The Cicada's Cry

by David Lindsay



In the cicada's cry

No sign can foretell

How soon it must die








"Hear the locusts?" The woman lifts the child's head. "Hear em, baby?" The child looks blankly in the general direction of the woods. She kisses him on his forehead. "I'm gonna run inside and start our taters, alright? You just set still. Granny'll be right back."

The woman walks into the house. She goes into the kitchen and pulls a pan from the cabinet. Fills the pan with water. Reaches into a bin and pulls out two potatoes. Takes a knife from a drawer and peels both of them. She washes them, then puts them in the pan and sets it on the stove. Turns the burner on high. She wipes her hands with a dishtowel and walks back out onto the porch.

She sits in a wicker rocker beside the child in his wheelchair. Drool runs down the child's chin. She pulls a tissue from the pocket of her jeans and wipes the drool away.

The sound of the cicadas begins to rise.

"There they go again. You hear em?" She reaches over to touch his arm. The child moans softly and half blinks his eyes. She rubs her hand gently over his blonde hair. "You sure are sweatin. Guess we oughta go inside." She stands and takes the handles of the wheelchair and turns him towards the door of the house. She opens it and wheels him in and places him in front of the TV.

The sound of the cicadas begins to fall.

"You wanna watch you some cartoons?" She turns on the set. A giant robot flies through the air, shooting a laser beam at a city. The child's eyes loll and he moans. "Lemme go check on them taters." She smoothes his wet hair back on his head. "Purty blue eyes," she says. She walks into the kitchen. The water is boiling. She turns the stove off and scoops the potatoes out with a ladle. She lays them both on a plate. She pulls a fork from the drawer and begins mashing them. She mashes until the potatoes are mush.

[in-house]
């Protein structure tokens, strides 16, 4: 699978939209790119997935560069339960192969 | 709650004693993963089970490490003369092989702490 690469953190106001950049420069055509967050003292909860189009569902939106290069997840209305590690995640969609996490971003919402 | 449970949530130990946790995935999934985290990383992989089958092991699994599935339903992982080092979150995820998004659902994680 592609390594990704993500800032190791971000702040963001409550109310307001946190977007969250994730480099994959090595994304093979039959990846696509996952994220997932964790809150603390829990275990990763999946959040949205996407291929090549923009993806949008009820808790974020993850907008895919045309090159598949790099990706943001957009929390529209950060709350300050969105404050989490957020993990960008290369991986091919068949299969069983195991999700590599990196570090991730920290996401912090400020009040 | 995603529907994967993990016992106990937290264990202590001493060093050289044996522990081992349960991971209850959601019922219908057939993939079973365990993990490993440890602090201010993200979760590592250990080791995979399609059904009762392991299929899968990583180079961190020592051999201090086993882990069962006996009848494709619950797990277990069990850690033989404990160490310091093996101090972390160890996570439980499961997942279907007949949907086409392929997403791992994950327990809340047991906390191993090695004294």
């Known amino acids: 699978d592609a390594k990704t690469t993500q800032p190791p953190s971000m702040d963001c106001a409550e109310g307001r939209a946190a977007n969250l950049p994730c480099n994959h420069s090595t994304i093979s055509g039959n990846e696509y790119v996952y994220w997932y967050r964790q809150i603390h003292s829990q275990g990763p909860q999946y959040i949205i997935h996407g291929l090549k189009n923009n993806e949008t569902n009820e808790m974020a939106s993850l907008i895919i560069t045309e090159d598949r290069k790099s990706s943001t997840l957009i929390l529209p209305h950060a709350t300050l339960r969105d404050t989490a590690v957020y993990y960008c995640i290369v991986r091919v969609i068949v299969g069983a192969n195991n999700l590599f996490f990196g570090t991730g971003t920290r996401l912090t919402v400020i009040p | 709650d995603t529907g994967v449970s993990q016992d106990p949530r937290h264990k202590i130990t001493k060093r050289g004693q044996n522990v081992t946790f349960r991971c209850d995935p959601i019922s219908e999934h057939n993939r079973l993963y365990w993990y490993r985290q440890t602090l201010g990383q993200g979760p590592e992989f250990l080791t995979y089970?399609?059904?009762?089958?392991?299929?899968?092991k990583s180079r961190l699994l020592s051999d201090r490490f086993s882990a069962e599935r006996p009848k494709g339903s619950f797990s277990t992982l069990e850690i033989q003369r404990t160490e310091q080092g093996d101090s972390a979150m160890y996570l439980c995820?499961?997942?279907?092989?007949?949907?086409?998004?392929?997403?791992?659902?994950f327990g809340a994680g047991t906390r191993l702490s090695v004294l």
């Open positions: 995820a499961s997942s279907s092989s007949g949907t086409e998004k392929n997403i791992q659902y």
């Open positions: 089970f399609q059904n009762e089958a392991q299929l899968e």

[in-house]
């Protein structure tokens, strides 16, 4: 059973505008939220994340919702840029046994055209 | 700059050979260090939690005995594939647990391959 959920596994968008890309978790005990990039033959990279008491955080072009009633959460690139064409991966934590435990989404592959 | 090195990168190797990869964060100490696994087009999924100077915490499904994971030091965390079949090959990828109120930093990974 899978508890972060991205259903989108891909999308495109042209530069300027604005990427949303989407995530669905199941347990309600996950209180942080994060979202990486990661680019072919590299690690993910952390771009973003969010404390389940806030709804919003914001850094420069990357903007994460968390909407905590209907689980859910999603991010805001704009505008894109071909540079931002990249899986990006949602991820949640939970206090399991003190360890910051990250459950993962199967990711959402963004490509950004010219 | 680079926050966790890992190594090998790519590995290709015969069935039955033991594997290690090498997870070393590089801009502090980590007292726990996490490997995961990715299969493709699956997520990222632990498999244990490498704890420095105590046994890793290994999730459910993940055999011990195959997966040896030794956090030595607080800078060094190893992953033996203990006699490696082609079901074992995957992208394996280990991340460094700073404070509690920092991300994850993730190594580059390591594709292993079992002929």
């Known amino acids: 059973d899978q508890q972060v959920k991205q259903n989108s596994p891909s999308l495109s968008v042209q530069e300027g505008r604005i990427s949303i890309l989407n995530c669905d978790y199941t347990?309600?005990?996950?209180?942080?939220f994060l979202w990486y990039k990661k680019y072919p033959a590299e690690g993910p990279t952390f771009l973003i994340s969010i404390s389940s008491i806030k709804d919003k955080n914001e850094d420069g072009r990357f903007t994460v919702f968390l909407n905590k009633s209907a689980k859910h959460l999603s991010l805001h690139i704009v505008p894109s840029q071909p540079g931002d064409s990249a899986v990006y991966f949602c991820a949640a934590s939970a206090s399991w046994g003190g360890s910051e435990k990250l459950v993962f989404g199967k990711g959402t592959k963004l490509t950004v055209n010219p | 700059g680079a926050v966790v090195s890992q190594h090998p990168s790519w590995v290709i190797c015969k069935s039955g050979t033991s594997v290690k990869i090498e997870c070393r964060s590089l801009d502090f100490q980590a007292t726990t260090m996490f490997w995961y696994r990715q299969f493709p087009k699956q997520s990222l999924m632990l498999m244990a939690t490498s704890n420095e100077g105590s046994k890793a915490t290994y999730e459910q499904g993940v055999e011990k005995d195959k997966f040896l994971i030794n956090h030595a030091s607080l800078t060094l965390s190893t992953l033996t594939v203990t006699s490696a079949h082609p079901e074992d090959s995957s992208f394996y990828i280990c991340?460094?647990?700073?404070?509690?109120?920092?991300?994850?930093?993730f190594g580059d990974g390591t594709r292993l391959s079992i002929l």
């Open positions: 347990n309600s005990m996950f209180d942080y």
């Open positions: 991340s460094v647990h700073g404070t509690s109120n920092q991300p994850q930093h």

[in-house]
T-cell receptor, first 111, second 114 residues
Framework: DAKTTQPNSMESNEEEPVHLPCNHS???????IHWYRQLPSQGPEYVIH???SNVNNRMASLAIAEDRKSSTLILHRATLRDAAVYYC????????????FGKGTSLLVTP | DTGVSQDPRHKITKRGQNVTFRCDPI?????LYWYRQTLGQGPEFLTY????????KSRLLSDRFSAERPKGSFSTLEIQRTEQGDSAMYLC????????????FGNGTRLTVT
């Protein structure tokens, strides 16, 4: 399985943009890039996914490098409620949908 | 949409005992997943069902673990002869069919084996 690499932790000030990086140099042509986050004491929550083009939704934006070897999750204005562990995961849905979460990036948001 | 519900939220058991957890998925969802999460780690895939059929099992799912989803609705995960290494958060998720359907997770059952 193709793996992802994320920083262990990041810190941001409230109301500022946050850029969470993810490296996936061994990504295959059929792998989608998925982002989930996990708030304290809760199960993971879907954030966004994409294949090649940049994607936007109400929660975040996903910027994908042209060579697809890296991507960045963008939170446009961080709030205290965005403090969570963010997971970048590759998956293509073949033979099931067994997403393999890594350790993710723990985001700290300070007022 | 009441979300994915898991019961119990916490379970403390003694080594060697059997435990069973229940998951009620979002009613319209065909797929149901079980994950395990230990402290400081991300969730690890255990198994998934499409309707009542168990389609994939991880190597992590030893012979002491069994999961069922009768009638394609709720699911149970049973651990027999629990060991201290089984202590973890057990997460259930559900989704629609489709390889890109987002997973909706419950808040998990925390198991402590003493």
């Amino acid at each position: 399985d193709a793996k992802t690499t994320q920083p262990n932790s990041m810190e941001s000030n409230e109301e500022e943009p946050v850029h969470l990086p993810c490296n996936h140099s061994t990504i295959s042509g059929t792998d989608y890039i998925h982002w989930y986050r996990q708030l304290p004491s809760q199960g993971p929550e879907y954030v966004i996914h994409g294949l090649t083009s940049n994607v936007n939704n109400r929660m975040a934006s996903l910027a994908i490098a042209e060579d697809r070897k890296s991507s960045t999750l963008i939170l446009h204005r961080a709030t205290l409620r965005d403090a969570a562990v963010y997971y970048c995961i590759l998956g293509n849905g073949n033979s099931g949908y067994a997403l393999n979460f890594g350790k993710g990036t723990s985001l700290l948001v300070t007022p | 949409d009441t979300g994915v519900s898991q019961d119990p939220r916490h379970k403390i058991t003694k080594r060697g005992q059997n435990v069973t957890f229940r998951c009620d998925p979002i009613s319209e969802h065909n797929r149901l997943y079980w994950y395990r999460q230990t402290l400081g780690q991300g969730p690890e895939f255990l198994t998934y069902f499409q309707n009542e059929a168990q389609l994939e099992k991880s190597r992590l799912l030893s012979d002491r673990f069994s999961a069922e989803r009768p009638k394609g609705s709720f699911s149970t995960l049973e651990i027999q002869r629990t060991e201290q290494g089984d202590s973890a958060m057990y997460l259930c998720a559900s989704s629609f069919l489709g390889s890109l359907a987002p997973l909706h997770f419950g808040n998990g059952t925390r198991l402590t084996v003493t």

She carries the plate into the living room. She pulls a footstool in front of the wheelchair and sits down. "Now, let's try to eat us a bite." She looks at the child and sees his eyes wide, wider and bluer than she's seen them since he was born. She hears the cartoons and over that the sound of the cicadas, thousands of them screaming to God, but not the gurgling sound that usually comes from the child's chest. "Oh sweet Jesus. Jeremy?" She drops the plate and puts her ear to his slight chest and hears only the war of the robots and the cicada's.

Then the cicadas are silent.

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They bury him beneath a willow tree on the east side of the cemetery. The neighbors carry her home to the empty house. A few offer to stay with her. She says "No, I'll be alright." She doesn't sleep that night, nor several nights after. She lies on the couch staring at his wheelchair. Her brother offers to take it away. She says leave it.

She walks out to the mailbox one afternoon and finds among the junk mail and condolence cards the government check. She walks back to the house, takes a bath, makes up her face and heads for the city.